Tom Keenan, Dana Stevens, and Joshua Oppenheimer in Conversation

From Spectatorship, Race, and Citizenship

But if we follow Richard Mosse’s thinking, how do we measure when the sharpest tool is successful, whether viewers feel something about the representations of weak and noncitizens they witness? Joshua Oppenheimer’s 2012 film, The Act of Killing, focuses on the role of perpetrators in state violence, employing reenactment rather than straight documentary to examine the aftermath of state-sanctioned mass killing in Indonesia and the national myths that have emerged from this difficult history. Much of the discussion about the film has questioned the ethics of the filmmaker’s interactions with the perpetrators as they stage the reenactments of their killings, and has equally probed whether the feelings expressed by the perpetrators—typically boastful, proud, and unremorseful—are genuine. Questions of spectatorial identification and disidentification with the perpetrators are the focus of this discussion with film critic Dana Stevens and curator and theorist Thomas Keenan, concentrating particularly on a pivotal scene in the film that shows self-described “gangster” Anwar Congo gagging at the site where many of his murders were committed. As Keenan notes, a structural risk of many of these films that seem to take the side of the perpetrator of genocide “is that the intimacy that is important for getting stories can lead to too much intimacy, a danger of humanizing, in the bad sense of the word.” While some critics, including Errol Morris, have refused this intimacy with the perpetrator, reading Anwar’s physical reaction as another performance for the camera, Oppenheimer offers a more psychoanalytic interpretation, arguing that the gagging signals Anwar’s encounter with his trauma: “I do believe we are our pasts, I do believe that trauma and experience leaves a physical incoherence, a very real mark: something beyond words.”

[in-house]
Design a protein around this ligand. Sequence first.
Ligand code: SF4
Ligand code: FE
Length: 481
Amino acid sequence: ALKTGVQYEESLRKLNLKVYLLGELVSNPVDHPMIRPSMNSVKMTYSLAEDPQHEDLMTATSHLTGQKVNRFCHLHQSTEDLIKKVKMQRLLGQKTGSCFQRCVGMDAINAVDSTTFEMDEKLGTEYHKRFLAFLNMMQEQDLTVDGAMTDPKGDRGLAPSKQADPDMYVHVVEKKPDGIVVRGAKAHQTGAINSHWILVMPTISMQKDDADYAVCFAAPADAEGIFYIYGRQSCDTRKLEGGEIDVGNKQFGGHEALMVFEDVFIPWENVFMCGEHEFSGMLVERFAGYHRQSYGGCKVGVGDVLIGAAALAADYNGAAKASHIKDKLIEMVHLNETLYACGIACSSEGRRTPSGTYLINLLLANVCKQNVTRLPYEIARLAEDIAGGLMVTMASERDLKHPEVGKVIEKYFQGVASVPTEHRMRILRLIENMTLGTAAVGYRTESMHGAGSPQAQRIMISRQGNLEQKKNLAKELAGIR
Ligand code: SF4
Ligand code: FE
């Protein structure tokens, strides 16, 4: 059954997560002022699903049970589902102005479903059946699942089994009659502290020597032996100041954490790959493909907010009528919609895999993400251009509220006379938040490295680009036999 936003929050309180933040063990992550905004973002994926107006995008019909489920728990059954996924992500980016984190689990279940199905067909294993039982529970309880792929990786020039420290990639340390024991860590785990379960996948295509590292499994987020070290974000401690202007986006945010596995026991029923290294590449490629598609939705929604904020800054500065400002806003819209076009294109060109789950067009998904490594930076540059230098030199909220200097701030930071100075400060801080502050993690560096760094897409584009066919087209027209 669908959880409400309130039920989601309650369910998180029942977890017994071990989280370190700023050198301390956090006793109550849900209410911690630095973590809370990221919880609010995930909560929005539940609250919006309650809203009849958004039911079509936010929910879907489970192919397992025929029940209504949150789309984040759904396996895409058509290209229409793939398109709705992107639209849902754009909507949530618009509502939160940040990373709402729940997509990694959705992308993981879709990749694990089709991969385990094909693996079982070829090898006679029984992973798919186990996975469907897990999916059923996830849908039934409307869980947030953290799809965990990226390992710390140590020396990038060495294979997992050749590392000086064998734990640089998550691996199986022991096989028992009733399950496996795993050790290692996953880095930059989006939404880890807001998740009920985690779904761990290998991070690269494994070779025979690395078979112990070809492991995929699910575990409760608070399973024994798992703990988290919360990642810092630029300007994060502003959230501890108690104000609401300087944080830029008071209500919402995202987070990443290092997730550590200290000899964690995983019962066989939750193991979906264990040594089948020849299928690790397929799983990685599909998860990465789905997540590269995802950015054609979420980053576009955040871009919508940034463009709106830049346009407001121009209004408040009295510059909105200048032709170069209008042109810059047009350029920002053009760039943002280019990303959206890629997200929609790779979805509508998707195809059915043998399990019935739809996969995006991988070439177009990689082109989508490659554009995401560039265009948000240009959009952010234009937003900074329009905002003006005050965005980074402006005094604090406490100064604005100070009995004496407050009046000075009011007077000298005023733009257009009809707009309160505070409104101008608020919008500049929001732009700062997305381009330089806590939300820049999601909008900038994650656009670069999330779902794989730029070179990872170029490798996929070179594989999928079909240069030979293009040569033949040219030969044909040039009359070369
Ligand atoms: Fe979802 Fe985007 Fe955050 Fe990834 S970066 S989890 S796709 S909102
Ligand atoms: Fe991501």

September 8, 2017


Curated by

Gabrielle Moser